Last Monday, Venezuela and the Palestinian Authority established formal diplomatic relations and announced the opening of a Palestinian embassy in Caracas. Venezuelan Foreign Relations Minister Nicolás Maduro and his Palestinian colleague Riyad Al-Malki met in Caracas and pledged their countries’ mutual solidarity. Al-Malki emphasized the importance of international support for Palestinian independence from Israeli occupation, and expressed his appreciation for Venezuela’s severance of diplomatic ties with Israel in January in protest against Israel’s deadly assault on Gaza. Al-Malki referred to President Hugo Chávez as a quote, “international symbol, and a decisive voice of the oppressed in the face of injustice and tyranny.” Both Maduro and Al-Malki mentioned the possibility of future economic investment accords between the two nations. http://www.venezuelanalysis.com/news/4407

VII. Venezuelan Oil Company to Reduce Executive Pay, Freeze Worker Salaries, and Maintain Investments
In Energy News, last Sunday, Rafael Ramírez, president of Venezuela’s state oil company, announced that PDVSA will reduce executive salaries by 20% and will not award bonuses or negotiate worker salary increases this year. He said the decisions were in order to maintain the company’s rate of investment and emerge solidly from the world economic crisis. According to Ramirez, the company will also prioritize the formation of mixed enterprises with international oil companies to exploit Venezuela’s vast crude reserves in the Orinoco Oil Belt. In order to maintain investments, Ramirez announced that a 40% reduction in company spending is necessary. http://www.venezuelanalysis.com/news/4401

VIII. Venezuela Opens National Art Gallery and Launches National Reading Plan
Last Weekend, Venezuelan President Hugo Chávez inaugurated the newly constructed headquarters of the National Art Gallery, launched a national Revolutionary Reading Plan, and commemorated the anniversary of the government’s Culture Mission, which promotes cultural programming in local communities. Chávez also met with Venezuelan artists and with Italian tenor Andrea Boticelli. http://www.venezuelanalysis.com/news/4402

IX. New Orinoco Bridge and Aluminum Company to Propel Socialism in Venezuela, Says Chávez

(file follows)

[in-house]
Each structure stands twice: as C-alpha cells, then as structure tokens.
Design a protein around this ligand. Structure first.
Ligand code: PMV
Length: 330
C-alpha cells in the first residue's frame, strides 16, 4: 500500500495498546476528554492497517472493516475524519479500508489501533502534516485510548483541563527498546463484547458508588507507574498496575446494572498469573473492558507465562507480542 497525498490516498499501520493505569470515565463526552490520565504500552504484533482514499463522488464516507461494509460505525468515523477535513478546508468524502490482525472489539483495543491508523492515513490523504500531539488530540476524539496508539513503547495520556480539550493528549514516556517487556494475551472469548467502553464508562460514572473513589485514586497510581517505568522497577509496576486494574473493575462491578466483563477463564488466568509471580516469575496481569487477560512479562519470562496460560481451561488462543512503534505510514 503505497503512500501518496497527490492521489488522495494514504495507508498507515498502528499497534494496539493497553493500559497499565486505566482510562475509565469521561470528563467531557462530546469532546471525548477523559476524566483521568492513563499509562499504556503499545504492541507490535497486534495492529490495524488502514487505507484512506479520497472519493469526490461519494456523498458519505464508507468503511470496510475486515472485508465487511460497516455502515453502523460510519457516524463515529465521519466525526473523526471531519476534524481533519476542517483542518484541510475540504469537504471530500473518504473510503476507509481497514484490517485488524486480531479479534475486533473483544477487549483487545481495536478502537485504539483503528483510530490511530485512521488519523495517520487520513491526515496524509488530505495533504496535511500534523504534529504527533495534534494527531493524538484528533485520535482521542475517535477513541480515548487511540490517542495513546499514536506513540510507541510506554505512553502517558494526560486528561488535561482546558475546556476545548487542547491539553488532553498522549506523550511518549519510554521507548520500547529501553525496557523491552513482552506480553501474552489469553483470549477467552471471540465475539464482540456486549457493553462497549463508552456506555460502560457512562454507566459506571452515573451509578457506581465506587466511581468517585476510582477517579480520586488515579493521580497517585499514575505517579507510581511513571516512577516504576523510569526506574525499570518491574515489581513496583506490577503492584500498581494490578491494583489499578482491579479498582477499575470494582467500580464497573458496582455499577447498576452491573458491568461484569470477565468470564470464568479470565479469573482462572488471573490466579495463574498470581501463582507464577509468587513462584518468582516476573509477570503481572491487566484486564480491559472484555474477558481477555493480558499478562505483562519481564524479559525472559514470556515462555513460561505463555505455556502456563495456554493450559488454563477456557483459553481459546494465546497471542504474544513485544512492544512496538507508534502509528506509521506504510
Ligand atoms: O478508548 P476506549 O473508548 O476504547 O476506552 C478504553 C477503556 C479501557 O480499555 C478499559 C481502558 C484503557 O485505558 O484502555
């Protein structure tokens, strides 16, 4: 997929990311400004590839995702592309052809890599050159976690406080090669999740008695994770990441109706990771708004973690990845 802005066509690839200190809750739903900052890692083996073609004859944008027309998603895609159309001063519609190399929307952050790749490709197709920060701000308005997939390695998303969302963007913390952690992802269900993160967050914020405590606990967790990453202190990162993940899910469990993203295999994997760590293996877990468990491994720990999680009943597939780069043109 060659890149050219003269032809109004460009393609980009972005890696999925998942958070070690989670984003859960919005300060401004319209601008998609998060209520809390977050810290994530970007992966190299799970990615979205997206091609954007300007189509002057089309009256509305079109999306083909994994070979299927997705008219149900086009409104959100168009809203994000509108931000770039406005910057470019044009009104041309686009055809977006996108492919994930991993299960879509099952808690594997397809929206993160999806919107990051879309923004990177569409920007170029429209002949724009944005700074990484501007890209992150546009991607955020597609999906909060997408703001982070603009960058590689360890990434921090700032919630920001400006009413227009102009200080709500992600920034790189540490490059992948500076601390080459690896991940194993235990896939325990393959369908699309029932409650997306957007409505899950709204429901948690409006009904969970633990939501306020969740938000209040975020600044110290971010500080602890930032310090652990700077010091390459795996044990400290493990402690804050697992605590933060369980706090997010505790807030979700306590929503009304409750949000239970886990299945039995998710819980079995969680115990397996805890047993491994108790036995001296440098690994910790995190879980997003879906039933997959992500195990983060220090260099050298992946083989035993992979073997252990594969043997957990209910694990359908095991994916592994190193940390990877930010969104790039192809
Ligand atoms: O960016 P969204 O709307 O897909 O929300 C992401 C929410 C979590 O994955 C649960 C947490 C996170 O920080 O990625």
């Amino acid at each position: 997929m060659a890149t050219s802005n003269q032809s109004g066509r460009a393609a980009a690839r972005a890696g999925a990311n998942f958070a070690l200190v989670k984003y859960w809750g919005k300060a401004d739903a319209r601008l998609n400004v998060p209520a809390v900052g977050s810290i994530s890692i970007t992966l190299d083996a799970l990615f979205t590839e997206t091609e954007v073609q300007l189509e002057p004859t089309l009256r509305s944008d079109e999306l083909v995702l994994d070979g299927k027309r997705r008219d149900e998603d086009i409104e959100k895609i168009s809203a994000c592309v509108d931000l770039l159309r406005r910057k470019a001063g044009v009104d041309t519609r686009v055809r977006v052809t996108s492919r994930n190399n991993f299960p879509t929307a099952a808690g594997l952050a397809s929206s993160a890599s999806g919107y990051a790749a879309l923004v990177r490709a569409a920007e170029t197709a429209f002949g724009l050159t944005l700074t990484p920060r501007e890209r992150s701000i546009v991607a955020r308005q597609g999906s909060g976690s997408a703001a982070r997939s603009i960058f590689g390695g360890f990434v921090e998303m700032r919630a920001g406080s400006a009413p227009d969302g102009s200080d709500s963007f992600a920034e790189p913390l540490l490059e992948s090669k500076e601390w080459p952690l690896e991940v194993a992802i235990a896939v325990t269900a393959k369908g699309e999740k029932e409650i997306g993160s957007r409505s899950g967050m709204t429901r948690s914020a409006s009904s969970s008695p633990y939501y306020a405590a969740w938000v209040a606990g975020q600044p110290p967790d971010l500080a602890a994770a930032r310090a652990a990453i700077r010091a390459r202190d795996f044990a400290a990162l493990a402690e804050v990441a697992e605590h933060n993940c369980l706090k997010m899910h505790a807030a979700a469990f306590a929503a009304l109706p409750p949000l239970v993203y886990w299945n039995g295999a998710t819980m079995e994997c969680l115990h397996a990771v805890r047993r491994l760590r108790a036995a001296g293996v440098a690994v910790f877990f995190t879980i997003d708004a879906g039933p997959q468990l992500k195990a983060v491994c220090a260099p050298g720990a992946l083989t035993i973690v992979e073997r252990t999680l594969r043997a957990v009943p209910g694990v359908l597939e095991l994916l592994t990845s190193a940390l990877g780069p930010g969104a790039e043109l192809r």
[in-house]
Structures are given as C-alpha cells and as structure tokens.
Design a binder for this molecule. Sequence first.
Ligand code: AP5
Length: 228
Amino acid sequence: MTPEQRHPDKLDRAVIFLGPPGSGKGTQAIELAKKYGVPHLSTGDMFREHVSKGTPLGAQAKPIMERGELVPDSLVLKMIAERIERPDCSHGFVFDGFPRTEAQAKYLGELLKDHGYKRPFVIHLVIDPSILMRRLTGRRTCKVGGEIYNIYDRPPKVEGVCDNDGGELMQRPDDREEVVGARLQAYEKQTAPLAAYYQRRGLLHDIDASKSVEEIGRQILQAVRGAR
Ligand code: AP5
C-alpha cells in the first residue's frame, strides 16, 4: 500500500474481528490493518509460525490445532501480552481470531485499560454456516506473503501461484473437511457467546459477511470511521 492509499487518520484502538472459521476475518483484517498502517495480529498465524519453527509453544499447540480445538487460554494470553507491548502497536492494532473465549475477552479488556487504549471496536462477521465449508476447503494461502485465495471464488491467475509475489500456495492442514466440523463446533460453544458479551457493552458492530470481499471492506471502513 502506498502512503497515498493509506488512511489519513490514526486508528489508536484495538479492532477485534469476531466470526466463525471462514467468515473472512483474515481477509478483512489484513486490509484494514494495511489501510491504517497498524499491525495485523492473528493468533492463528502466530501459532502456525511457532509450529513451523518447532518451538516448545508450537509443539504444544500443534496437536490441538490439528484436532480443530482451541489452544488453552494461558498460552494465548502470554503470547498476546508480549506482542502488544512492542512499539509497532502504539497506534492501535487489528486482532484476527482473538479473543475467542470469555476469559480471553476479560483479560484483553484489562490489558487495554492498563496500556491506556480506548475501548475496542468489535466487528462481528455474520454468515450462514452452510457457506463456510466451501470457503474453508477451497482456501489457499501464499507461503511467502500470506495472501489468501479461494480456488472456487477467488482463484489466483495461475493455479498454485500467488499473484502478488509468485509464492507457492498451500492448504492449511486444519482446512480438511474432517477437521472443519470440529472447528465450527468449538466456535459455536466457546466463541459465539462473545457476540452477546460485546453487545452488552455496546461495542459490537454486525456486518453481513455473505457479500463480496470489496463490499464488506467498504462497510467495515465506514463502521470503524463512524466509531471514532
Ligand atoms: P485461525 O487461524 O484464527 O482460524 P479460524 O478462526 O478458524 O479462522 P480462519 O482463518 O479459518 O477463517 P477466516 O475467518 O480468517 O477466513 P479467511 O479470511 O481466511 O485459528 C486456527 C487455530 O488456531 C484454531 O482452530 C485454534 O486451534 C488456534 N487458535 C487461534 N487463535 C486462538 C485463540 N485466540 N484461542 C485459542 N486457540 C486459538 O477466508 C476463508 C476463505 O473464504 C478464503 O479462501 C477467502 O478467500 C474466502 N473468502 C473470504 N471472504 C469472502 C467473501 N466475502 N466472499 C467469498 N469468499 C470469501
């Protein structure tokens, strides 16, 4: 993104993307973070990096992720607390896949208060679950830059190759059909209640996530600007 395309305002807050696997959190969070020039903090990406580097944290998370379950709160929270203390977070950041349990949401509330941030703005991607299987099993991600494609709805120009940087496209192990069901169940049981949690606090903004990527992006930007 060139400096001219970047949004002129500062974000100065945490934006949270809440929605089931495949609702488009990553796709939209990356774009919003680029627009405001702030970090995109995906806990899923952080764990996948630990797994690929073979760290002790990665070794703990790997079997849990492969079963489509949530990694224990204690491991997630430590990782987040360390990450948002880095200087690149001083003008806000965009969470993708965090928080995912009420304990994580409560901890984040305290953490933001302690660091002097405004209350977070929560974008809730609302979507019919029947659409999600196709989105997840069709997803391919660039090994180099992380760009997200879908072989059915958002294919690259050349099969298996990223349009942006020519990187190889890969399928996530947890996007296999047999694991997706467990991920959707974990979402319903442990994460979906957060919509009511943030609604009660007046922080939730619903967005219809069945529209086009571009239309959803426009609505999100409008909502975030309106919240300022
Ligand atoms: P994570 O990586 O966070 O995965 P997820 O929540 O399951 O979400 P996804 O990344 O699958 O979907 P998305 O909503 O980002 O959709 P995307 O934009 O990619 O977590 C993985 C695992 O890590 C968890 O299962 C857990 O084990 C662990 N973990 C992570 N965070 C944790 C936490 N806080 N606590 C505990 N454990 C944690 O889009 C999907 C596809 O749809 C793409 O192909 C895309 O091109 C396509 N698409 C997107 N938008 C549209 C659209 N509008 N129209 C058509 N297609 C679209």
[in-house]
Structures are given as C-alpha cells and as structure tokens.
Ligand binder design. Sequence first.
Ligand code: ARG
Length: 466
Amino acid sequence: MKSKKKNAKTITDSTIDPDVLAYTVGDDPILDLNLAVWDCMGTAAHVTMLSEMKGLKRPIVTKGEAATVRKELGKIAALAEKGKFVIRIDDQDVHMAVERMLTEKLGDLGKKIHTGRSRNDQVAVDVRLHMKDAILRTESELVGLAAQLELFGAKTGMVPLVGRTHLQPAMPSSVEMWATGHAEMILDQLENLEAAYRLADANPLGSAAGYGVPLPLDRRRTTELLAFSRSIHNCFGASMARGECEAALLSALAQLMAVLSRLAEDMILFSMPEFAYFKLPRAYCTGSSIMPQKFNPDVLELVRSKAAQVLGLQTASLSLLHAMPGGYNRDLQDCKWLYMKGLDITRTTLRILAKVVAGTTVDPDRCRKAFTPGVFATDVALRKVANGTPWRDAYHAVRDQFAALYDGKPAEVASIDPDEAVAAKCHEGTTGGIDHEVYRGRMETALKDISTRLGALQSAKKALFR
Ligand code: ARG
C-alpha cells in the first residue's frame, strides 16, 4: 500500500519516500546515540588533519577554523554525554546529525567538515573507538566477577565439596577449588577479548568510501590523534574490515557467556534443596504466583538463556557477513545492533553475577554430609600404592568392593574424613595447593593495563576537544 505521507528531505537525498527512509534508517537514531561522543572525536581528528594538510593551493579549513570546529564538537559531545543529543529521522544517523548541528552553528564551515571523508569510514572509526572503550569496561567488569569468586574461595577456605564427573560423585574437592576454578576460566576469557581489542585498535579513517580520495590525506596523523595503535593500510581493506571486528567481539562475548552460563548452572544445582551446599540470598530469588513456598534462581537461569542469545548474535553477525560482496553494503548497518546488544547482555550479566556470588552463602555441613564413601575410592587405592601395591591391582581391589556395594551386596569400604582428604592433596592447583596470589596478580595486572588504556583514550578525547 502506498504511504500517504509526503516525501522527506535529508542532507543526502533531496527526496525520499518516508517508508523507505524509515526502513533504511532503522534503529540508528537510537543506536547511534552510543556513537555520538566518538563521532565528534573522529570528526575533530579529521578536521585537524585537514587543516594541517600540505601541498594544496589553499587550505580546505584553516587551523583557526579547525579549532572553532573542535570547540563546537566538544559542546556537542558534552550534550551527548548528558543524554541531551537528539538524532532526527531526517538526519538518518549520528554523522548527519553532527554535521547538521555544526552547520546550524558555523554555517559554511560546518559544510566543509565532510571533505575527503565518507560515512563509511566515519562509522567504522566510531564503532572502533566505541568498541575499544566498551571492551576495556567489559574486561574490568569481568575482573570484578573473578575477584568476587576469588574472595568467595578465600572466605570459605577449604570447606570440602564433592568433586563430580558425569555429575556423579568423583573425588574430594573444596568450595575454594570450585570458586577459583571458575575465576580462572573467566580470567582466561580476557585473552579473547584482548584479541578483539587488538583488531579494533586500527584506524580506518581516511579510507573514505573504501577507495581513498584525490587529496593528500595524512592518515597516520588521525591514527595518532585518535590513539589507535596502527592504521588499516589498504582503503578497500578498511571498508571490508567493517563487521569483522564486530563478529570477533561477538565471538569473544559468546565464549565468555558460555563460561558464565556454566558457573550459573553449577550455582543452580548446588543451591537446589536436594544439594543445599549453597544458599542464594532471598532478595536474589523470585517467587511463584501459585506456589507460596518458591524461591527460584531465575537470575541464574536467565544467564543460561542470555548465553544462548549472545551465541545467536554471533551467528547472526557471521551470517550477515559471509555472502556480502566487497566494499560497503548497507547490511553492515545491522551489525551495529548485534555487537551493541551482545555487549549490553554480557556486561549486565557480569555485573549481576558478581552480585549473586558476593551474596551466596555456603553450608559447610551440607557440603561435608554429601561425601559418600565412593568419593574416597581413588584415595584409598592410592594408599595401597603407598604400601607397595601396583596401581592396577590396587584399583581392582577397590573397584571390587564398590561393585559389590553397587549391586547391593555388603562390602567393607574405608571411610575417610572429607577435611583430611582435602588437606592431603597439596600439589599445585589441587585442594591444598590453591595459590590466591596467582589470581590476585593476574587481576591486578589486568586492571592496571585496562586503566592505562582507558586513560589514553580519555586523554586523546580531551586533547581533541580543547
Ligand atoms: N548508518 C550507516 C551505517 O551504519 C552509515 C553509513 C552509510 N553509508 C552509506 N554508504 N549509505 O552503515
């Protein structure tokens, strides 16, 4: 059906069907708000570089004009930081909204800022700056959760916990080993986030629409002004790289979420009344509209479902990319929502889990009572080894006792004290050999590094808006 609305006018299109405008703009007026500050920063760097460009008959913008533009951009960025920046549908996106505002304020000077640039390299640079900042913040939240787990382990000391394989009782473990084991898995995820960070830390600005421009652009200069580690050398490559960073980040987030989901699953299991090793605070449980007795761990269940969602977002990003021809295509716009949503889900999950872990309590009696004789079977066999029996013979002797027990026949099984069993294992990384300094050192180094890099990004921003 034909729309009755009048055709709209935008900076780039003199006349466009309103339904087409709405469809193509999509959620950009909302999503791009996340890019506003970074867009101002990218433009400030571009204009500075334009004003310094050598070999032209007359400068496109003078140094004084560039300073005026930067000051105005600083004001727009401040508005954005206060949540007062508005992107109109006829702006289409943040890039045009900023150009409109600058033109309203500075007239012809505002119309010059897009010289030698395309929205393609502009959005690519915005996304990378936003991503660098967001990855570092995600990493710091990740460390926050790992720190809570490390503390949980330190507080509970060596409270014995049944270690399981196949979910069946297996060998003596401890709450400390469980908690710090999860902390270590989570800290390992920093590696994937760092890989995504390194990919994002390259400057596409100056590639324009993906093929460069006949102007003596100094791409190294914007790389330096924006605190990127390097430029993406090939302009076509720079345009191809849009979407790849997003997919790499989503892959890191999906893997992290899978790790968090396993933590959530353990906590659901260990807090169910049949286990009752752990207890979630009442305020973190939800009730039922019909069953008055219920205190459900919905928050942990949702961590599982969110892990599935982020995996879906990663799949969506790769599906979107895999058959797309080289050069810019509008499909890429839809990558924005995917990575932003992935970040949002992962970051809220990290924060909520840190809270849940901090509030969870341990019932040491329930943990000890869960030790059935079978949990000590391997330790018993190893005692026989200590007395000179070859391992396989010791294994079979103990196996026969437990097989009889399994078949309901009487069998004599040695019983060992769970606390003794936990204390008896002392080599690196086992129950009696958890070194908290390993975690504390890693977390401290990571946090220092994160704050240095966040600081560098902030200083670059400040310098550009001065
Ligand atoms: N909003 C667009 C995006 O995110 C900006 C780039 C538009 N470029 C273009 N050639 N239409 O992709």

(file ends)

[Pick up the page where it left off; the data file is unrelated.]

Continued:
Meanwhile during the week, Chávez announced that his government will grant a $10 million loan to a new state-run “socialist” aluminum company, and will invest more than $10 million to finish the construction of a third bridge over the Orinoco River. The 11-kilometer bridge will connect the railways and highways of Guárico and Bolívar states, and is part of the government’s plan for “the integration of the country.” Nearly 2,000 workers will be hired to construct the bridge. http://www.venezuelanalysis.com/news/4409

X. Venezuela Proceeds with Plan to Sustain Growth and Social Spending in the Economic Crisis
The Venezuelan government increased the minimum wage by 10%, emitted more than $5 billion dollars in government bonds, and revamped its strategy to combat predatory price speculation. The moves are the latest in the Venezuelan government’s plan to maintain social investment and boost domestic productivity amidst the global economic downturn. In March, the government lowered its estimate of the average price of oil from $60 to $40 per barrel for the year 2009. To adjust to this change, the government reduced overall spending in its 2009 budget by 7%, and then hiked the sales tax by 30%, and passed a law to cut unnecessary spending in government institutions. To help maintain spending on social programs, the government plans to nearly triple its internal debt this year, to $16 billion. To control inflation, President Hugo Chávez called on his Council of Ministers on Wednesday to extend a freeze on rent prices and keep government-issued dollars out of the hands of price speculators. http://www.venezuelanalysis.com/news/4410